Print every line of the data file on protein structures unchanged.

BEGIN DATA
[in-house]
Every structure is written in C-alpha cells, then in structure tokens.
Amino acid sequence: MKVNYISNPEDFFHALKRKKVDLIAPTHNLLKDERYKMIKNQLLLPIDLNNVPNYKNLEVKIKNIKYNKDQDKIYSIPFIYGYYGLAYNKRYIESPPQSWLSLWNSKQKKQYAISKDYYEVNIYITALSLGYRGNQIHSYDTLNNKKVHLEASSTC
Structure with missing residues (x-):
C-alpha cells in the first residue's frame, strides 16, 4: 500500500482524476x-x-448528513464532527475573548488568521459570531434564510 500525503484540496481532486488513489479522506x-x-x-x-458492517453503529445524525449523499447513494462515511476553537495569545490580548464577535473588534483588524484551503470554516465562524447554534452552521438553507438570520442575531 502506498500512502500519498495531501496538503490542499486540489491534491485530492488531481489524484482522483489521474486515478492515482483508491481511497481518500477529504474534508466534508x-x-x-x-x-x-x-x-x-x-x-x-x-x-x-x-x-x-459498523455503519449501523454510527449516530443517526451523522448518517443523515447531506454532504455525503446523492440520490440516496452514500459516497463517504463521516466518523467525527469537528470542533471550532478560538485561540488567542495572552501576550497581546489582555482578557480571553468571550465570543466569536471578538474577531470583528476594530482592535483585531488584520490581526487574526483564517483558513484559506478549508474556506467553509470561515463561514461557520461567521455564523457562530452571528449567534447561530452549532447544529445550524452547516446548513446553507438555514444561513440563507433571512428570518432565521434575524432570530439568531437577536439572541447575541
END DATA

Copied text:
[in-house]
Every structure is written in C-alpha cells, then in structure tokens.
Amino acid sequence: MKVNYISNPEDFFHALKRKKVDLIAPTHNLLKDERYKMIKNQLLLPIDLNNVPNYKNLEVKIKNIKYNKDQDKIYSIPFIYGYYGLAYNKRYIESPPQSWLSLWNSKQKKQYAISKDYYEVNIYITALSLGYRGNQIHSYDTLNNKKVHLEASSTC
Structure with missing residues (x-):
C-alpha cells in the first residue's frame, strides 16, 4: 500500500482524476x-x-448528513464532527475573548488568521459570531434564510 500525503484540496481532486488513489479522506x-x-x-x-458492517453503529445524525449523499447513494462515511476553537495569545490580548464577535473588534483588524484551503470554516465562524447554534452552521438553507438570520442575531 502506498500512502500519498495531501496538503490542499486540489491534491485530492488531481489524484482522483489521474486515478492515482483508491481511497481518500477529504474534508466534508x-x-x-x-x-x-x-x-x-x-x-x-x-x-x-x-x-x-459498523455503519449501523454510527449516530443517526451523522448518517443523515447531506454532504455525503446523492440520490440516496452514500459516497463517504463521516466518523467525527469537528470542533471550532478560538485561540488567542495572552501576550497581546489582555482578557480571553468571550465570543466569536471578538474577531470583528476594530482592535483585531488584520490581526487574526483564517483558513484559506478549508474556506467553509470561515463561514461557520461567521455564523457562530452571528449567534447561530452549532447544529445550524452547516446548513446553507438555514444561513440563507433571512428570518432565521434575524432570530439568531437577536439572541447575541